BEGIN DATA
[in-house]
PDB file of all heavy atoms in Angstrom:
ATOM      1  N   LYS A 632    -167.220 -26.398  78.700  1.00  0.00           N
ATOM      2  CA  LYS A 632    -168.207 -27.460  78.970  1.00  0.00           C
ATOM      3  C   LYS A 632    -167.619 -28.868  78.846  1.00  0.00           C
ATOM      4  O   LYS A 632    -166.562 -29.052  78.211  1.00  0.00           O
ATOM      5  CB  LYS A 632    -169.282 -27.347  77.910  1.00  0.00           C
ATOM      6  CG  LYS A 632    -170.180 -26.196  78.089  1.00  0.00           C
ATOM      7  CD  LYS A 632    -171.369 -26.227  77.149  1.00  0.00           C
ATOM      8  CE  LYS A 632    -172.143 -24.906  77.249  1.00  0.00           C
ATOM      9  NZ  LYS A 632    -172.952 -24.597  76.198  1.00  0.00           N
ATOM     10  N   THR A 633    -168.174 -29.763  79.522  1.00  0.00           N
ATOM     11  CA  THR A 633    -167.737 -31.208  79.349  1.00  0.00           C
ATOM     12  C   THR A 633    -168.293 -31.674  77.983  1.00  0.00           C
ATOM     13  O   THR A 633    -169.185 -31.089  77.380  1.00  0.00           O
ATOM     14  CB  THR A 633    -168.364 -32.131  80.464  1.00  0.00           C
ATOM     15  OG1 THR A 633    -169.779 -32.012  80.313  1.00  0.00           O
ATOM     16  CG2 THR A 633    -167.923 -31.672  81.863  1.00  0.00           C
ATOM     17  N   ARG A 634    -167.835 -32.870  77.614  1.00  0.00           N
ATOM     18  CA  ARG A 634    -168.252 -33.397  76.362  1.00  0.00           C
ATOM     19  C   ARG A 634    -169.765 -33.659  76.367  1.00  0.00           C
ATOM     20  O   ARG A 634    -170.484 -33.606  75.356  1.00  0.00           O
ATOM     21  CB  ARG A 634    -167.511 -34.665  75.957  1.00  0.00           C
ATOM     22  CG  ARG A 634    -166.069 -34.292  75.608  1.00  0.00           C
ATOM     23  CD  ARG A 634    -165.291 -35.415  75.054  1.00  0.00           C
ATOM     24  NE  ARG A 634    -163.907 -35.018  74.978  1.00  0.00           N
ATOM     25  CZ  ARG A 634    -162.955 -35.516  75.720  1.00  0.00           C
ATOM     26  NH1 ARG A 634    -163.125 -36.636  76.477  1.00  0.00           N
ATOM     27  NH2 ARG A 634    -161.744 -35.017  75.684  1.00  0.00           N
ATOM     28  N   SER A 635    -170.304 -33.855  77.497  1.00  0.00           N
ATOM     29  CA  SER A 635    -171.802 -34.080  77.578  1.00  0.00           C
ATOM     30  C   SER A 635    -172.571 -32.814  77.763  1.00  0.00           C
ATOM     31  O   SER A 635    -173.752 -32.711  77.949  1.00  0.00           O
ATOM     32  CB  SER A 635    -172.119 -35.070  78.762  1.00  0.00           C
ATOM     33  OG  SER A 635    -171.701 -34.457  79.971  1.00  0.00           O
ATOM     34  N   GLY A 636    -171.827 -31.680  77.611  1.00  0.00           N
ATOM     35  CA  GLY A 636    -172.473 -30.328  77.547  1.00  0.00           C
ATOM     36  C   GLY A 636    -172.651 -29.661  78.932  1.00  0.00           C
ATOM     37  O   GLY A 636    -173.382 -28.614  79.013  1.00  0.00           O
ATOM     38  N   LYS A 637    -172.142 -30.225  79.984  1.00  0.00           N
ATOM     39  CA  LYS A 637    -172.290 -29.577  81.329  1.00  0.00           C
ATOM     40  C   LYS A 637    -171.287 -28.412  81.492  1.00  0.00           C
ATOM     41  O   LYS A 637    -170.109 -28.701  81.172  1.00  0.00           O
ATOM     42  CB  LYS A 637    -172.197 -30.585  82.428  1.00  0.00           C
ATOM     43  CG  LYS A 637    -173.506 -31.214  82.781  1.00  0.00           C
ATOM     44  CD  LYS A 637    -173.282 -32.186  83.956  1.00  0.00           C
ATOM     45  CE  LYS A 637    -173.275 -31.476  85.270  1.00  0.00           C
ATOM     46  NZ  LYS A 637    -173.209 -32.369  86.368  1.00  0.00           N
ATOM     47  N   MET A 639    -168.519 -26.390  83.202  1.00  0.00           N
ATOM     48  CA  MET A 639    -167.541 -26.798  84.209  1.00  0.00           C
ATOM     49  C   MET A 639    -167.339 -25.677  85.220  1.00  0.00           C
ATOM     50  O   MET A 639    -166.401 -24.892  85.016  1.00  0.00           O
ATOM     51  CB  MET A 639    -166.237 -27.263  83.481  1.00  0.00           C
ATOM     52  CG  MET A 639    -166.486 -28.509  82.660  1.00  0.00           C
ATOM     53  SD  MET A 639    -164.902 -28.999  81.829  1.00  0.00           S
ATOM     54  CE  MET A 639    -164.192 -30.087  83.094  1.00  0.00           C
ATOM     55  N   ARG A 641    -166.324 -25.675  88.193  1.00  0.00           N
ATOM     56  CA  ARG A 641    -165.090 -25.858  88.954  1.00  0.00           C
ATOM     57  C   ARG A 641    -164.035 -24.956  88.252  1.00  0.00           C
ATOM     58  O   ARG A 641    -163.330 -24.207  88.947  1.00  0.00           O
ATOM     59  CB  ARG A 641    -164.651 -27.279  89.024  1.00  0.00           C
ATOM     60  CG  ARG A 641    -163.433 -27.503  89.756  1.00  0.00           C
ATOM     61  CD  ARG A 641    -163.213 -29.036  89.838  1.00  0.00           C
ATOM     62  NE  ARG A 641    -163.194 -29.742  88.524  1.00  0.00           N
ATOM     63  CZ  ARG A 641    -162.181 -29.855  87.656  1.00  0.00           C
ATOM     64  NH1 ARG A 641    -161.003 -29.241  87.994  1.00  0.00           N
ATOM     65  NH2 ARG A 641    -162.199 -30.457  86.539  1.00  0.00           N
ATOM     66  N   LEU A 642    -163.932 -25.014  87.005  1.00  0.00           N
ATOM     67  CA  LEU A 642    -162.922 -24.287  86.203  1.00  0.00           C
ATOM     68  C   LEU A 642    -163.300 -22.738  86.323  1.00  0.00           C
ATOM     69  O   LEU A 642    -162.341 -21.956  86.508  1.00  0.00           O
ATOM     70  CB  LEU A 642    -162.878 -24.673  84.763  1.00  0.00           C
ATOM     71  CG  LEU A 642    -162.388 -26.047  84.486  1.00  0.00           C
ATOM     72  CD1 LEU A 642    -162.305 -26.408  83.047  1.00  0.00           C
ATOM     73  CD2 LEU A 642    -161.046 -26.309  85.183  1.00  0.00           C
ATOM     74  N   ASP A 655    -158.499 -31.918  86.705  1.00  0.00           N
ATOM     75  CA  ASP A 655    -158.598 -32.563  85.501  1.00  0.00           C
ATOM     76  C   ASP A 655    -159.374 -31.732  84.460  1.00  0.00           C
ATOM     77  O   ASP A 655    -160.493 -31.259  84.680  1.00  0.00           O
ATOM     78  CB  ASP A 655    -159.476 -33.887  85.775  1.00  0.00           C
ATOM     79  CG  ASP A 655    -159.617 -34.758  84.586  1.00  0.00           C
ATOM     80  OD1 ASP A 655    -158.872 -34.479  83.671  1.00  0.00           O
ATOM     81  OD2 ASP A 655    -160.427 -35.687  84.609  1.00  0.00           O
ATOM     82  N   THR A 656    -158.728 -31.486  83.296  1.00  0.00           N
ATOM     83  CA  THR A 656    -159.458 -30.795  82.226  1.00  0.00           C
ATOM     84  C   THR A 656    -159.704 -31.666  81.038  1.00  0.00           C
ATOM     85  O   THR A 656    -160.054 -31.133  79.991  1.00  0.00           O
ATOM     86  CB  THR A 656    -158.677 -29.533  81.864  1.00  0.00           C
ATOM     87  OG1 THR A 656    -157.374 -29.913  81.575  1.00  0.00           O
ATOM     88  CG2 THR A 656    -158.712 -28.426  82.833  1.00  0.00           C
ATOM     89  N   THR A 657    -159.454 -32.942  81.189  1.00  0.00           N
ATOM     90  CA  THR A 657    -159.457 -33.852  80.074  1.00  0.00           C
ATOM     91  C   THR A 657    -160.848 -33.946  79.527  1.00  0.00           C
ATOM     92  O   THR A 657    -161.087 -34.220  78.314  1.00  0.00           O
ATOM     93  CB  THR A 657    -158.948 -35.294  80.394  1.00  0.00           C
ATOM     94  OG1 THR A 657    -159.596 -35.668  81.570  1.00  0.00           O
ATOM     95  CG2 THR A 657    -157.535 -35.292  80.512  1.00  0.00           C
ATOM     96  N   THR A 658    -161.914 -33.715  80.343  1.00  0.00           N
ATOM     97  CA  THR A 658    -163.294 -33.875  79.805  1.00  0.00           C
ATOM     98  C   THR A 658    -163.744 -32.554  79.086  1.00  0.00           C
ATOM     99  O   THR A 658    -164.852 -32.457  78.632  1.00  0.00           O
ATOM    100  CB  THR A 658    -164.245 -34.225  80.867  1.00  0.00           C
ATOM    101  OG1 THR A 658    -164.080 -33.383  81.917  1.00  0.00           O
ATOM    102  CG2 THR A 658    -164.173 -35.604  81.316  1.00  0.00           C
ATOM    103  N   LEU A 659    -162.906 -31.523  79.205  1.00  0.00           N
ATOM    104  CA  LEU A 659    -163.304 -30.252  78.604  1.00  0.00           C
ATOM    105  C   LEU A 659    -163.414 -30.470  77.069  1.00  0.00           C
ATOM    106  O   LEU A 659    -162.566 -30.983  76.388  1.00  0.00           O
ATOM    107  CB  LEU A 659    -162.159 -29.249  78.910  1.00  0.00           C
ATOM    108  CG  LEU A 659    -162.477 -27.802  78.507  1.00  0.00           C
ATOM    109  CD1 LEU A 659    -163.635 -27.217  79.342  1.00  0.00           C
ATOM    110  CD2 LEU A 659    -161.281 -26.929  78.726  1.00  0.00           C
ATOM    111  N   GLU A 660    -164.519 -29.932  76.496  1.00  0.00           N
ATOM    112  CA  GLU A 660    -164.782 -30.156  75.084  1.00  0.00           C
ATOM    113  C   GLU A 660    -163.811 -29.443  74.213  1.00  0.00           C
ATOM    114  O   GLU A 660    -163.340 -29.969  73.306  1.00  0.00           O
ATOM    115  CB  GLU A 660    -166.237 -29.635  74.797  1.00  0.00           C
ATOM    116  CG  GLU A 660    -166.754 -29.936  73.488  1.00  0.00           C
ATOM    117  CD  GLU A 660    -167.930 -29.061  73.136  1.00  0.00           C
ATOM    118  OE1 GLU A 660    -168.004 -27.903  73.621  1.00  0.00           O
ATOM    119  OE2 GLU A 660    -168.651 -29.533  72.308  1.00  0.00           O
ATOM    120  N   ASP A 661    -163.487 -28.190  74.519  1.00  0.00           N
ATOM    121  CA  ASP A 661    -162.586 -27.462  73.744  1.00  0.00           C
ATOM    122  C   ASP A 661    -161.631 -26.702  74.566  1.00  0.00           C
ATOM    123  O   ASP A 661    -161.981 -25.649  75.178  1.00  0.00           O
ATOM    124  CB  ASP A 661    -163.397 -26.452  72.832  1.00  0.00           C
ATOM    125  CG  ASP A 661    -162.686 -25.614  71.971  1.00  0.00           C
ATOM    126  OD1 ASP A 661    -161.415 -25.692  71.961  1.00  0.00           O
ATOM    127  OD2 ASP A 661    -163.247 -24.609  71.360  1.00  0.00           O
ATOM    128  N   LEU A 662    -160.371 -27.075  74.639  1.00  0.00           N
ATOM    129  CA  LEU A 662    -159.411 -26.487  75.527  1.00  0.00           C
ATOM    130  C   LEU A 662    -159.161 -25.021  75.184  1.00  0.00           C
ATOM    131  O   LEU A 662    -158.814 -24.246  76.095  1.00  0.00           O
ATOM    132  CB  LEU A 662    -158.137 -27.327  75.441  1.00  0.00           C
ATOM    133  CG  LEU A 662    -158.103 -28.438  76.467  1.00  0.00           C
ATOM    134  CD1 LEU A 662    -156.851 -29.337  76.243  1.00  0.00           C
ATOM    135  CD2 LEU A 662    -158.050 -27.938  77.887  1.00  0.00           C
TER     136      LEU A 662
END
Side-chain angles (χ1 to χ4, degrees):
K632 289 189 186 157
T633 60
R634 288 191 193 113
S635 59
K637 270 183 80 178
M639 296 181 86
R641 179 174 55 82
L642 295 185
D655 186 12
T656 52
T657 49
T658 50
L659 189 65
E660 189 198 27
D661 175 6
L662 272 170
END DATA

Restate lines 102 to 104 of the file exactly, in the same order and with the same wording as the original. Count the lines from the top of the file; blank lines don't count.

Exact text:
ATOM    100  CB  THR A 658    -164.245 -34.225  80.867  1.00  0.00           C
ATOM    101  OG1 THR A 658    -164.080 -33.383  81.917  1.00  0.00           O
ATOM    102  CG2 THR A 658    -164.173 -35.604  81.316  1.00  0.00           C